Friday, June 17, 2016

House, Senate members attend signing ceremony for three important bills to become law





Several House and Senate lawmakers attended a ceremony June 16 with Gov.  David Ige as he signed three important bills into law.

The bills included HB 2252 (ACT 69) that will require hospitals to adopt and maintain written discharge policies that are consistent with recent updates to federal regulations. The new law requires hospitals to explain and demonstrate medical and nursing tasks required of family caregivers once the patient returns home from the hospital.

The CARE Act recognizes the critical role of Hawaii’s unpaid family caregivers who keep family members and friends out of costly institutions, providing them with the tools to safely and efficiently care for loved ones at home.

The CARE Act features three provisions:
1.     The caregiver’s name is recorded when a loved one is admitted to the hospital.
2.     The caregiver is notified if the hospital is transferring the patient to another facility or releasing them.
3.     The hospital offers to instruct the caregiver on how to perform tasks at home once the loved one is discharged from the hospital. Tasks include medication management, injections and wound care.

“Many of our residents have no other option but to care for their loved ones at home. The CARE Act is crucial in giving families support, guidance and peace of mind as they care for family members and loved ones in the home,” said Gov. Ige.

With Gov. Ige’s signature, Hawaii becomes the 27th state in the nation (plus Washington, D.C., Puerto Rico and the Virgin Islands) to support the CARE Act, to establish minimum hospital discharge standards across the board, to ease the transition from hospital to home.

The CARE Act receives no financial appropriation.

OTHER BILLS SIGNED INTO LAW:

SB 2392 (ACT 68) Relating to Opioid Antagonists: The law takes steps to reduce opioid-related drug overdoses by encouraging the use of opioid antagonists to assist individuals who experience or are at risk of experiencing an opioid-related drug overdose. The bill creates immunity for health care professionals and pharmacists who prescribe, dispense, distribute or administer overdose reversal medications such as Naloxone. The bill also authorizes police, firefighters, lifeguards, all emergency medical technicians, family and friends to administer this medication to anyone experiencing an opioid-related drug overdose.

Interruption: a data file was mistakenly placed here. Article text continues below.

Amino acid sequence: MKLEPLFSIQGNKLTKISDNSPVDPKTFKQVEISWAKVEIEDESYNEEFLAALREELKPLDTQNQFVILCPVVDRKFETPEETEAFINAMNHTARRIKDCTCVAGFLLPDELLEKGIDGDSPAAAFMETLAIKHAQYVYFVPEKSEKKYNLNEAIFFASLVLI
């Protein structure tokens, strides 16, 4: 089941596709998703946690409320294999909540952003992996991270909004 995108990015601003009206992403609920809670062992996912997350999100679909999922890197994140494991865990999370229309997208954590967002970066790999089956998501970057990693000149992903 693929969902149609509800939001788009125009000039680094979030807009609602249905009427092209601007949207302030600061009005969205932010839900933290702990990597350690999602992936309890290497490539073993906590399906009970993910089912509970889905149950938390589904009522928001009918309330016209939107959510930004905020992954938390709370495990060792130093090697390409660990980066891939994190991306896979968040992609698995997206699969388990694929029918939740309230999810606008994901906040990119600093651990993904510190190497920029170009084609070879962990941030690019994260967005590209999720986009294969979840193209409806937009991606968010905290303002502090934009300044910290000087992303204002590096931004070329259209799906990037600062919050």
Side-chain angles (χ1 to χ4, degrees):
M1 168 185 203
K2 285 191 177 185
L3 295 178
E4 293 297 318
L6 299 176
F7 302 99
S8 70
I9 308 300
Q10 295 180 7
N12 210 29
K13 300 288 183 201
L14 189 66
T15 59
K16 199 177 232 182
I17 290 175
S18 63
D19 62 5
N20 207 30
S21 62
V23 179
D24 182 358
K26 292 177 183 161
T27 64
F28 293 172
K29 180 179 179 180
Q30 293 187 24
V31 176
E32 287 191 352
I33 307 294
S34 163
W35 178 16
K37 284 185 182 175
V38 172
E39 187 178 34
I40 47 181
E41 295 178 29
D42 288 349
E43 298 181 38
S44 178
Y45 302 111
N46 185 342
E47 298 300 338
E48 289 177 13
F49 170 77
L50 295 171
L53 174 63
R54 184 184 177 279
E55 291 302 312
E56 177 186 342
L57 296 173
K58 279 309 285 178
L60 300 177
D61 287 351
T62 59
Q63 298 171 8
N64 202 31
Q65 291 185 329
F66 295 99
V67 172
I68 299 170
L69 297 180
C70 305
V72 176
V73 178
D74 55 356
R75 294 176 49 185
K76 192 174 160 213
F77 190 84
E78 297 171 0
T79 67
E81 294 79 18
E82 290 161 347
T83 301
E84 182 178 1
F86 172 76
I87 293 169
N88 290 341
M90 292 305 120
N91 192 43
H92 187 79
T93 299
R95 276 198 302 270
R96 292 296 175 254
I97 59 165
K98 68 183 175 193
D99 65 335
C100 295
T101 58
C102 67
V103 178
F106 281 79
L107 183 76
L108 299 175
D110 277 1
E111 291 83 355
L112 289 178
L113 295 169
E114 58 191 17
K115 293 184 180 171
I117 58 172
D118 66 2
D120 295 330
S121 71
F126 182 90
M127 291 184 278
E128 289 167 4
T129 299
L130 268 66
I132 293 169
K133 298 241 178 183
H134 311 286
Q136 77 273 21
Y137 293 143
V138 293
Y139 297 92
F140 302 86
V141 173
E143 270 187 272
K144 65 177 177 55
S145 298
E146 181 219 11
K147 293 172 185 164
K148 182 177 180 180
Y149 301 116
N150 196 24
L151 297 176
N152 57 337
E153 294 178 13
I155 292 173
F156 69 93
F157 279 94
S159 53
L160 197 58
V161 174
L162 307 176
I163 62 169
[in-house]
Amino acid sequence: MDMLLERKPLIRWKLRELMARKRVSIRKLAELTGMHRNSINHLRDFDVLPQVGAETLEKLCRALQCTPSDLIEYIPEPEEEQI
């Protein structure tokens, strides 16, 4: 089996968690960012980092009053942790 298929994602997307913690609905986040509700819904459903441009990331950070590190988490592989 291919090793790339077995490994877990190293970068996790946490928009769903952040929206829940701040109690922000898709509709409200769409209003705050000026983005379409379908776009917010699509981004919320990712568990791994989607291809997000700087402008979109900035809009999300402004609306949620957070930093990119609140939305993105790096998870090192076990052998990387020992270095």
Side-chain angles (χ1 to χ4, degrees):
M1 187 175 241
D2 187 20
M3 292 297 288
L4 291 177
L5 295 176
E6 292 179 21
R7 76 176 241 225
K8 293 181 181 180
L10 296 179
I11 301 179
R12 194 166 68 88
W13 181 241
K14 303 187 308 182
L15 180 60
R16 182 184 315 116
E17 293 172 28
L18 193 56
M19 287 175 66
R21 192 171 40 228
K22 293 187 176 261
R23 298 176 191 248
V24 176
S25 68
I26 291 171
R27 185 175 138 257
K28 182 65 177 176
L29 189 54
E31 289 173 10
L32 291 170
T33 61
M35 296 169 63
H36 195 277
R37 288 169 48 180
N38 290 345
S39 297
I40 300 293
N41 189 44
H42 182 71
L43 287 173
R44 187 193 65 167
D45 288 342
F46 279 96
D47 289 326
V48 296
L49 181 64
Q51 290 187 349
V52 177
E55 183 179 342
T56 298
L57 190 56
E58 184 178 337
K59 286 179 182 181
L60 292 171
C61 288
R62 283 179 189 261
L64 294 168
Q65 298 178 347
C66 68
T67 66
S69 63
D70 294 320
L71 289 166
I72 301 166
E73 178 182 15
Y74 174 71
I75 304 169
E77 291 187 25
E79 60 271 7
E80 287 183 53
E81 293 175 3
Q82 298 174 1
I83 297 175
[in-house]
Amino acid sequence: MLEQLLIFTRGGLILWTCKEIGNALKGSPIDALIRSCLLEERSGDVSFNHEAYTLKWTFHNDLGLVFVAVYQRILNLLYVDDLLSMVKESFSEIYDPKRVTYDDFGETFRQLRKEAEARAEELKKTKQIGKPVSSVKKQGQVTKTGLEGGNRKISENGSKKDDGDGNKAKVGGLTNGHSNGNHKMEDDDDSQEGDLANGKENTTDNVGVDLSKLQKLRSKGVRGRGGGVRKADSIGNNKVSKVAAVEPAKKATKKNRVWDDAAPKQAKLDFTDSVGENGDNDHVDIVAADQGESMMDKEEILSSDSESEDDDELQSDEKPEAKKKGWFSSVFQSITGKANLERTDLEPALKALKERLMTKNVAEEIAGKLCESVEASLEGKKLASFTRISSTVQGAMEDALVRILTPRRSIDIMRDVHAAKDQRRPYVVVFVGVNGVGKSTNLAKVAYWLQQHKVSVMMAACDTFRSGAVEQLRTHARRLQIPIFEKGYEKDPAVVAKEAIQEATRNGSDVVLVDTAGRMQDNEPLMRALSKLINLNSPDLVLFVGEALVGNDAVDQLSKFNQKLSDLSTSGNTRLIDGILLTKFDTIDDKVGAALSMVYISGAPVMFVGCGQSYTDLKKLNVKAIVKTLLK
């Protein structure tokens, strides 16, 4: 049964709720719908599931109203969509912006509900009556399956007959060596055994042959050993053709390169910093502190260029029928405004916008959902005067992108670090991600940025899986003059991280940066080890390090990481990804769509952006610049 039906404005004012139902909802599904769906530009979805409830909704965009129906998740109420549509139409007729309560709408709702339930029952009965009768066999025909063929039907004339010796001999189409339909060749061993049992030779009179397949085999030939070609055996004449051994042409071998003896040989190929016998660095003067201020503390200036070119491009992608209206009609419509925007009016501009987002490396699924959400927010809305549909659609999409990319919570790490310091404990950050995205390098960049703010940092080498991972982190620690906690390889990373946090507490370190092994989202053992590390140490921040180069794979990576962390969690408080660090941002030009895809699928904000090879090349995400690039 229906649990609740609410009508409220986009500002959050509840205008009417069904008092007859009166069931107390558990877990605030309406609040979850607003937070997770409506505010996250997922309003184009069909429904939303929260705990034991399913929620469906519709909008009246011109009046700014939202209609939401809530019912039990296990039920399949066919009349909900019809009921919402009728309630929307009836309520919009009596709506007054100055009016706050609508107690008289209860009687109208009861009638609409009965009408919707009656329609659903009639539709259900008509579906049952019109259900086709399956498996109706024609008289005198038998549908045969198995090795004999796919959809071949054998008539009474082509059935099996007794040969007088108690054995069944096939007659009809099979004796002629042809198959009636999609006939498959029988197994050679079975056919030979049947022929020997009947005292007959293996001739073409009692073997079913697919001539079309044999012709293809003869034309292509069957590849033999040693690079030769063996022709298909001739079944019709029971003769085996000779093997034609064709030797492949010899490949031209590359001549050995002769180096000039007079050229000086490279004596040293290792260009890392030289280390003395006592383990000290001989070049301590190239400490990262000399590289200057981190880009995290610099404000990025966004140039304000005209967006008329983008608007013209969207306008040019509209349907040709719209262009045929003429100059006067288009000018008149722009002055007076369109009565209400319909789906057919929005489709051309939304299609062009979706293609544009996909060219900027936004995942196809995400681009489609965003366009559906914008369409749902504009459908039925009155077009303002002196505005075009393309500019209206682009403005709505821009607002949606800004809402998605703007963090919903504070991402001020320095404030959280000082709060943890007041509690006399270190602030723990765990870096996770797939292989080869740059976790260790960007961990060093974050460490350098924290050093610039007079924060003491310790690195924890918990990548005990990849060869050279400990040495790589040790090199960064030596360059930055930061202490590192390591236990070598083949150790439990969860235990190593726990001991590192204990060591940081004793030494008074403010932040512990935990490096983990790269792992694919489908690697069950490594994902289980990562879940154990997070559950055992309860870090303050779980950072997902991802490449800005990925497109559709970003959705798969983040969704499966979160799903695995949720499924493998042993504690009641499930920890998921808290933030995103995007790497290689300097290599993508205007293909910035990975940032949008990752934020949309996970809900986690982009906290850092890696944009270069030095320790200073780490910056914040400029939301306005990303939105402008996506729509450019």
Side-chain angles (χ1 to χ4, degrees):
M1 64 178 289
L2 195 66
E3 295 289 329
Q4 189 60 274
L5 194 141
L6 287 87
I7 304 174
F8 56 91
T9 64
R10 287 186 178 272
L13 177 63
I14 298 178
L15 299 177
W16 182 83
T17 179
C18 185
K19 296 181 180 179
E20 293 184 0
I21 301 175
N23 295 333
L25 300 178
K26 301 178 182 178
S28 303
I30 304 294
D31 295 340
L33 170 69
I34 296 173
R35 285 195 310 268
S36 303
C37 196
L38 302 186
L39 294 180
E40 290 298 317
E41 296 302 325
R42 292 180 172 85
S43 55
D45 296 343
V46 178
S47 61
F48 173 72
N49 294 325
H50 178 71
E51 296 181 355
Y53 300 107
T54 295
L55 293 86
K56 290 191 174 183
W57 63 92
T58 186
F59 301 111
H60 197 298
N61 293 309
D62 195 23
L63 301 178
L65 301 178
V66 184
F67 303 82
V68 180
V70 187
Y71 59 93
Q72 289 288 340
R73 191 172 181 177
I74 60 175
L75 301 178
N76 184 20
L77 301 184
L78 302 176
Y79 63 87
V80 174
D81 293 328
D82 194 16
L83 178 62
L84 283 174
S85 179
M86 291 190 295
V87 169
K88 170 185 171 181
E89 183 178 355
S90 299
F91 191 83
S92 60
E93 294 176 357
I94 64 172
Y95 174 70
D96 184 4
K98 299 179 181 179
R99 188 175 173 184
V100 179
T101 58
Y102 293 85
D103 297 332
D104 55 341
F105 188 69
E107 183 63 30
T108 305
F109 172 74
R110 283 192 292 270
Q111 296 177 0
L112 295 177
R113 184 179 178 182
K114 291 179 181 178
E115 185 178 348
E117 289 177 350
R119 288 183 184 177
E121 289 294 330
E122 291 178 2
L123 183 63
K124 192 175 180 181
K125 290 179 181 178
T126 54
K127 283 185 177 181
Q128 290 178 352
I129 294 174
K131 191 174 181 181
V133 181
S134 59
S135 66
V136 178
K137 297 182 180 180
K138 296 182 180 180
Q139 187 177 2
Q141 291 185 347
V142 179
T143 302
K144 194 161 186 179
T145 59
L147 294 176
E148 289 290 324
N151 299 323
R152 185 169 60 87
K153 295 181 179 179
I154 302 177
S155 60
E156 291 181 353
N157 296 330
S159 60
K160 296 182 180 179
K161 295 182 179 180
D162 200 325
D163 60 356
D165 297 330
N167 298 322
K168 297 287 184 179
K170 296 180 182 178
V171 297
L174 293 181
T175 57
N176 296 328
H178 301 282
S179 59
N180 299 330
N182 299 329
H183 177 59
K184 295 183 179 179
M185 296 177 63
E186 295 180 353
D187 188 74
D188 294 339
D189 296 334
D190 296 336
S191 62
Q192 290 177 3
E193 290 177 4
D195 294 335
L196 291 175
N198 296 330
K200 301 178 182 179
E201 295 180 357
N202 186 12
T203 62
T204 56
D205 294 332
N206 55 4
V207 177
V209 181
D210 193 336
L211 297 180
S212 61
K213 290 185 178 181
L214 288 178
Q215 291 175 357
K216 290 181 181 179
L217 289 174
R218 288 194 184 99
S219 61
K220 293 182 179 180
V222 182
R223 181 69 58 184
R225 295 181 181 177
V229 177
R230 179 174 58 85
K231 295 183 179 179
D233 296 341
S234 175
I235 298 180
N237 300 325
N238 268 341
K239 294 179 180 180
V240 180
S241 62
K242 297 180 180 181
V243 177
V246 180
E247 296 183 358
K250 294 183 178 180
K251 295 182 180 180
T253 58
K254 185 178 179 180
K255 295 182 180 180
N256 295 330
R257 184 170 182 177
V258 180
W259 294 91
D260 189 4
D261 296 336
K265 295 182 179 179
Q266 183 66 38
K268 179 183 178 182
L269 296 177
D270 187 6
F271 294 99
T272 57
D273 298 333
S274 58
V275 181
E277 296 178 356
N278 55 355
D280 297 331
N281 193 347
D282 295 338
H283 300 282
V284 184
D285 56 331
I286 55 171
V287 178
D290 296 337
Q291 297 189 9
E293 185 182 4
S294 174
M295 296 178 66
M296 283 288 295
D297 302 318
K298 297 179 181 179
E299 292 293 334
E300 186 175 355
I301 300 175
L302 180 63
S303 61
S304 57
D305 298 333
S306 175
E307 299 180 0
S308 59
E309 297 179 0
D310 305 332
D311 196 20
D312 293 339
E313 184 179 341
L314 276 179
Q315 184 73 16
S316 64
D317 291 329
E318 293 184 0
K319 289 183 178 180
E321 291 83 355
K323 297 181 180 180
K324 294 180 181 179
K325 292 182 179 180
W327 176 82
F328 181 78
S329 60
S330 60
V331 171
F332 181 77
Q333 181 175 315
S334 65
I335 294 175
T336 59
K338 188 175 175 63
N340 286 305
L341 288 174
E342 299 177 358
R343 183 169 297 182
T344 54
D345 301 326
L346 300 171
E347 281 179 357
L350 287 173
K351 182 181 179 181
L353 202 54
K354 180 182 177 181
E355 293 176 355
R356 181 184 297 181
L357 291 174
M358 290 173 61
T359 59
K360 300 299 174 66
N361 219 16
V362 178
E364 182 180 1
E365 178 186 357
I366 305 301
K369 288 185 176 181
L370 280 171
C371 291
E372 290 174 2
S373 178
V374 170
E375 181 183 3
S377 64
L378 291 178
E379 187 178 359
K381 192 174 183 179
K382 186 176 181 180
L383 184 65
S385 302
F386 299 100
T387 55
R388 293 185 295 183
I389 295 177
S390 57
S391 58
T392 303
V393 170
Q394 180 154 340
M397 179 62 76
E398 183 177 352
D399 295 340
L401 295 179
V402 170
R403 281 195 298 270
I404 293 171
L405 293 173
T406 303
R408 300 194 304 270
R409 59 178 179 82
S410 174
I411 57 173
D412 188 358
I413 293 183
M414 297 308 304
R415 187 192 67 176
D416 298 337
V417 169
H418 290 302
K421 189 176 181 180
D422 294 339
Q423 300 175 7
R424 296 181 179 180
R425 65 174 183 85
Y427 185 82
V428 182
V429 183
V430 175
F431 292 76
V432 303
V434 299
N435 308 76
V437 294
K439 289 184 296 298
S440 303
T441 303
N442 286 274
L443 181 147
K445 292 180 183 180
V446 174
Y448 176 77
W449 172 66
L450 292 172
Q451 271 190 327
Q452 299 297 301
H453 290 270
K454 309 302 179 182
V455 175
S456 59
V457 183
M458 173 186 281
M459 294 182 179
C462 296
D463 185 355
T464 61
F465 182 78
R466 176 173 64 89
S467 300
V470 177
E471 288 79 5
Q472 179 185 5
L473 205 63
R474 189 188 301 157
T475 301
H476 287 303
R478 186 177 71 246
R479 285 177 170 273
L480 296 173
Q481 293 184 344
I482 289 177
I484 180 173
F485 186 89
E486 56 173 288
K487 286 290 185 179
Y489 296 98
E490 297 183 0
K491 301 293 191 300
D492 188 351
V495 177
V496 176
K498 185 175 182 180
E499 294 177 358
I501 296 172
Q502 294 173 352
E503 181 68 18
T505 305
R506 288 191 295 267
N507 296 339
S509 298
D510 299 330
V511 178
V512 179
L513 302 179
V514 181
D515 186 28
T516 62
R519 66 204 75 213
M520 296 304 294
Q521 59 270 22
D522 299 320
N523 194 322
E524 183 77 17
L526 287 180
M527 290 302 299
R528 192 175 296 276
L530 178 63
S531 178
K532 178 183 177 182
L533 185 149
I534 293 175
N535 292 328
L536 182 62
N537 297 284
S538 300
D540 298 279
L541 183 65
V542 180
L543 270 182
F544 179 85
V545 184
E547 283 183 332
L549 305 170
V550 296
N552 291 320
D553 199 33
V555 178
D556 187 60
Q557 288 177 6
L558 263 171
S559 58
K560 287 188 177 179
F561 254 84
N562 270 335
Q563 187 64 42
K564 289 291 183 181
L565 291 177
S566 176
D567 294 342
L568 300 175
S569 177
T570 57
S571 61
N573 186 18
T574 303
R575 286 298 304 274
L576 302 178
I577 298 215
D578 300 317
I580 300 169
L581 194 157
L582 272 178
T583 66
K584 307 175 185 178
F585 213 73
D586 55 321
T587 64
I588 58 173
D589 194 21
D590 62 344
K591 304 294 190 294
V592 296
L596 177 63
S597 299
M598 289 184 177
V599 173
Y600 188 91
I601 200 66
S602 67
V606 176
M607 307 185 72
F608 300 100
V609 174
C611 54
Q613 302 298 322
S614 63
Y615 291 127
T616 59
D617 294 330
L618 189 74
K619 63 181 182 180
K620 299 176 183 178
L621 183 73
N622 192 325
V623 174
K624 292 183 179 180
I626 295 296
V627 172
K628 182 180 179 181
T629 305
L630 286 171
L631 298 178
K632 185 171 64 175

SB 2453 (ACT 67) Relating to Aquatic Resources: Authorizes the court to require violators of certain laws pertaining to aquatic resources to complete an educational class and/or pay a monetary fine or perform community services in lieu of paying a monetary fine.

Wednesday, June 1, 2016

House Speaker Joseph Souki's Memorial Day 2016 Speech



MEMORIAL DAY 2016 AT THE MAUI VETERANS CEMETERY



More than 70 years ago, you, a generation of young Americans left your mark on history.  Your story is one of heroism and bravery, of citizenship and global responsibility. 

You were all young then, simply trying to make your way through life in a world full of confusion and upheaval.  Your response to those challenges have become legendary.

In the face of prejudice, you not only stared down your own fears, but the fears of a nation in the grip of war. 

In the face of ignorance, you gave us a renewed understanding of the immigrant experience upon which this country was built.

In the face of bigotry, you provided a lesson for people from all backgrounds and for all times.

You are part of our country’s Greatest Generation who helped shape the world—for decades to come.
 
All that you have achieved remains as bright and clear as ever.

It shines whenever repressed individuals around the world look to us for encouragement and support.

It shines whenever Americans gather to exercise their freedoms.

It shines whenever we look into our own hearts to search for the best in ourselves.

Today we stand here honoring your sacrifice and the men and women who gave their lives in service to our great nation.